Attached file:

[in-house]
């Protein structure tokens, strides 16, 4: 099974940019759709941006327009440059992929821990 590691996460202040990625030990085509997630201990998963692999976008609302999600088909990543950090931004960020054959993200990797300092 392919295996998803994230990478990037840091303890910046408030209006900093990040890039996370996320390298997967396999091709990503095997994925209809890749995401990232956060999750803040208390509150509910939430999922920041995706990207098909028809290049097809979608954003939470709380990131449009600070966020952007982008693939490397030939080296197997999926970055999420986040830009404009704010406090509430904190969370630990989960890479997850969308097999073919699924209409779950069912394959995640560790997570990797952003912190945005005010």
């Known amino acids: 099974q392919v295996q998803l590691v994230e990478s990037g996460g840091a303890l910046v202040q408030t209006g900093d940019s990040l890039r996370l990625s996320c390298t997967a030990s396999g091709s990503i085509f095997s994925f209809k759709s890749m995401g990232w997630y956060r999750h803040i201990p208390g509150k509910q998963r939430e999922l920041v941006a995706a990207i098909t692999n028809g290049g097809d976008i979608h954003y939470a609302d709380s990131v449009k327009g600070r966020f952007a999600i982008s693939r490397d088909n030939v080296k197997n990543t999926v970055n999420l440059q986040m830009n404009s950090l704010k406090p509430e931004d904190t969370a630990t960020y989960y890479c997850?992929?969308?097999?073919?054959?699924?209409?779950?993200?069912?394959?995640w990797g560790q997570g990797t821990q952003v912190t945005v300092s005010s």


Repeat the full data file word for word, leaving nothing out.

[in-house]
């Protein structure tokens, strides 16, 4: 099974940019759709941006327009440059992929821990 590691996460202040990625030990085509997630201990998963692999976008609302999600088909990543950090931004960020054959993200990797300092 392919295996998803994230990478990037840091303890910046408030209006900093990040890039996370996320390298997967396999091709990503095997994925209809890749995401990232956060999750803040208390509150509910939430999922920041995706990207098909028809290049097809979608954003939470709380990131449009600070966020952007982008693939490397030939080296197997999926970055999420986040830009404009704010406090509430904190969370630990989960890479997850969308097999073919699924209409779950069912394959995640560790997570990797952003912190945005005010």
């Known amino acids: 099974q392919v295996q998803l590691v994230e990478s990037g996460g840091a303890l910046v202040q408030t209006g900093d940019s990040l890039r996370l990625s996320c390298t997967a030990s396999g091709s990503i085509f095997s994925f209809k759709s890749m995401g990232w997630y956060r999750h803040i201990p208390g509150k509910q998963r939430e999922l920041v941006a995706a990207i098909t692999n028809g290049g097809d976008i979608h954003y939470a609302d709380s990131v449009k327009g600070r966020f952007a999600i982008s693939r490397d088909n030939v080296k197997n990543t999926v970055n999420l440059q986040m830009n404009s950090l704010k406090p509430e931004d904190t969370a630990t960020y989960y890479c997850?992929?969308?097999?073919?054959?699924?209409?779950?993200?069912?394959?995640w990797g560790q997570g990797t821990q952003v912190t945005v300092s005010s």